The Celestial Sphere
All celestial object spear to be attached to an invisible sphere of infinite size centered on the Earth. Known as the celestial sphere, this seems to spin around the Earth once o day, although it is actually the Earth that is rotating. The portion of the celestial sphere seen from the Earth depends on the observer’s latitude, the time of night, and the time of year.
There are various important points and lines in the celestial sphere, similar to those on the earth’s globe. Directly over the Earth’s poles lie the celestial poles, around which the sphere appears to turn each day. The celestial equator is a circle on the celestial equator sphere above the Earth’s the celestial sphere above the Earth’s equator. Another circle, known as the ecliptic, represents the Sun’s apparent path around the sphere each year. Of course, Sun’s motion is actually due to the earth orbiting the Sun; hence the ecliptic is really the plane of the Earth’s orbit projected on the celestial sphere. Because the Earth’ axis is tiled at 23.5 degrees, the celestial equator is tilted at the same angle to the ecliptic.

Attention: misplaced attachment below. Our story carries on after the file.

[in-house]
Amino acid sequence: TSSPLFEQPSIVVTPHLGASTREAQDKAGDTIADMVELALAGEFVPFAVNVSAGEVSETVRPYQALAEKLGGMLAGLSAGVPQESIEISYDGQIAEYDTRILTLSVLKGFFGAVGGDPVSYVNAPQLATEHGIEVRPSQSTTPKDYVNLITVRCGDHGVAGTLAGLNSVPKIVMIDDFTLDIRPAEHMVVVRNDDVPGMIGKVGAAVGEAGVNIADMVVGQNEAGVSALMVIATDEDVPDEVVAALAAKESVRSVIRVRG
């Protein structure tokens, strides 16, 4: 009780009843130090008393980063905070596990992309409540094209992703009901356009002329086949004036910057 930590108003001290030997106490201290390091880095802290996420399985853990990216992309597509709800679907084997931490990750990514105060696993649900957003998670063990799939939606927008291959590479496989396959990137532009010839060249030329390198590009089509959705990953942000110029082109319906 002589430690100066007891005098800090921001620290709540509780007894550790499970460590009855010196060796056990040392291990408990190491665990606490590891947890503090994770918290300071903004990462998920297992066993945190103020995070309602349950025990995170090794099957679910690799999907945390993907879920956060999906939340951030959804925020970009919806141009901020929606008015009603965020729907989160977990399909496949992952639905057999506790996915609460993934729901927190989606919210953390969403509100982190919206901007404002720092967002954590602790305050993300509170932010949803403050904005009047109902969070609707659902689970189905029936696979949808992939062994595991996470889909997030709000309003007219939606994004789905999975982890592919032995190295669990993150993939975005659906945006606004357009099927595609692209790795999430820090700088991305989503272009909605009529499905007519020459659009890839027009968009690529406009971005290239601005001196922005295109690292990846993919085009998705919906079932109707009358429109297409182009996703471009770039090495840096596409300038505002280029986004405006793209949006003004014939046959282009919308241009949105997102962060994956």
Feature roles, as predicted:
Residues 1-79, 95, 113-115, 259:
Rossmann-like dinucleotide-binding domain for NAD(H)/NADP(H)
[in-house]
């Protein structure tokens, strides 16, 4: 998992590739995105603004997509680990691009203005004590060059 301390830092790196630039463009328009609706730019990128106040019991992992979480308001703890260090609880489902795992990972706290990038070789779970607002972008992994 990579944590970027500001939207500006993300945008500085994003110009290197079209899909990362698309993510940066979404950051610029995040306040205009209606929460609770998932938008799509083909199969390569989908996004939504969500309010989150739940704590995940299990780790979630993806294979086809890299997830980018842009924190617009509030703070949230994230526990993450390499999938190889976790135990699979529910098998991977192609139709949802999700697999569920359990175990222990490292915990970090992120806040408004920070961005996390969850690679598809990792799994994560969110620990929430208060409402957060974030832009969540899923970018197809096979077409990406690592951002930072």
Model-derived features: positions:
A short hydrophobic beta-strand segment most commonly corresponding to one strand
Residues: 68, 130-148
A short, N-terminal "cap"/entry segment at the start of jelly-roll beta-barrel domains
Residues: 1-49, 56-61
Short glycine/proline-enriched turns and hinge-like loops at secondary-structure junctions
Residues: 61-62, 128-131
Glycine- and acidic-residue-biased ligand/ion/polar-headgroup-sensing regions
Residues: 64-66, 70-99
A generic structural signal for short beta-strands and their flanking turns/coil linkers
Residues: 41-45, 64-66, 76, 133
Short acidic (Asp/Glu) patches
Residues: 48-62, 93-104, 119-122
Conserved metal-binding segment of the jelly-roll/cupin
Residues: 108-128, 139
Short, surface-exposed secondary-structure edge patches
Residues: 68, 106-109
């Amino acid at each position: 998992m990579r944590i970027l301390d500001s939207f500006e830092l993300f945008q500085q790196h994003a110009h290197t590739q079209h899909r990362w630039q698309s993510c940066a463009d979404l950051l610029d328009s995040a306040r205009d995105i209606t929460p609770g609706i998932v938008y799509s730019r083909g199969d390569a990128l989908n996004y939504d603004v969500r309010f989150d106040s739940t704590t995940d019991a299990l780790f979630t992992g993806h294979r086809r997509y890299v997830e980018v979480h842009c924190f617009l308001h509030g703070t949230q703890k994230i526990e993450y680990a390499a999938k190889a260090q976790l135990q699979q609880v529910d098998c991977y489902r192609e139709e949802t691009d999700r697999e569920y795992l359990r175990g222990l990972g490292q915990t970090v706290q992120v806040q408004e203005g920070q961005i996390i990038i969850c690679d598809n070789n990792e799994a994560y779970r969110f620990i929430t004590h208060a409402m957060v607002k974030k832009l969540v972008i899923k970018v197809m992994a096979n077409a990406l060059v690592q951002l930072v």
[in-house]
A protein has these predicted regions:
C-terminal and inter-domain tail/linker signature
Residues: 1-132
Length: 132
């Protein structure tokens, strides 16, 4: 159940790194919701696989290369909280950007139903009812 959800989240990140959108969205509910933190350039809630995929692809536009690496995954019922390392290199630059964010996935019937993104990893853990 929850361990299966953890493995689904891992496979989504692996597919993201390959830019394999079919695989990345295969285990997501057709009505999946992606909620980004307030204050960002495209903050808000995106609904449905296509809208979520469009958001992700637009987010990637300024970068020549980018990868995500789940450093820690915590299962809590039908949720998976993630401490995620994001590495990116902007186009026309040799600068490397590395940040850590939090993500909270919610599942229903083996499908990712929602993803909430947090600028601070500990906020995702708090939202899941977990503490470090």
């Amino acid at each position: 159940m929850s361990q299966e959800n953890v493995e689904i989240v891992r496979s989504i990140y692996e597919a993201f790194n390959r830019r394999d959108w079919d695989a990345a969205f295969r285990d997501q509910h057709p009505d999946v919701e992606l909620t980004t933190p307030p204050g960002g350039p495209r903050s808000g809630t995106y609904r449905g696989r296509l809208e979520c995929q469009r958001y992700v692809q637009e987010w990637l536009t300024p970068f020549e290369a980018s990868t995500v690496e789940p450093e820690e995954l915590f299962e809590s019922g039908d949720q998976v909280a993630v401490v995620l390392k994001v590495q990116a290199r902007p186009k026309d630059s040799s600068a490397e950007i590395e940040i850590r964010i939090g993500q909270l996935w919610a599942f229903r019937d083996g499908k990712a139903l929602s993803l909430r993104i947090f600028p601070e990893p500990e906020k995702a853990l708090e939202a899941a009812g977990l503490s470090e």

How much of the celestial sphere we can see depends on our latitude. From either pole, only half the sky can ever be seen; on any night, objects circle the celestial pole but do not rise or set (they are circumpolar). At the equator, the whole celestial sphere can be seen in a year; the celestial poles lie on the horizons to the north and south, and all objects rise and set. At multitudes, all of one celestial hemisphere is visible over a year, plus part of the other one. Only some objects are circumpolar.
TIME IF NIGHT AND TIME OF YEAR
As the earth spins, the stars seem to move across they sky; hence our view if the sky changes as the night progresses. The celestial sphere turns once in the time it takes the Earth to spin on its axis relative it the stars-23 hours 56 minutes. But the time between successive noon’s (a mean-time day) is longer, 24 hours, since the Earth is also orbiting
Earlier each night, as measured in mean time. The Earth’s orbit of the Sun also means that a stat near the celestial equator that is in the night sky (and hence visible) at one time of year will be in the daytime sky (and hence invisible) six months later.
During one year, the Sun passes in front of band of constellations along the ecliptic. Collectively known as the zodiac, they from an area in which the planets are always to be seen. The dates when the Sun is in each constellation no longer accord with the date attached to the astrological house of the same name.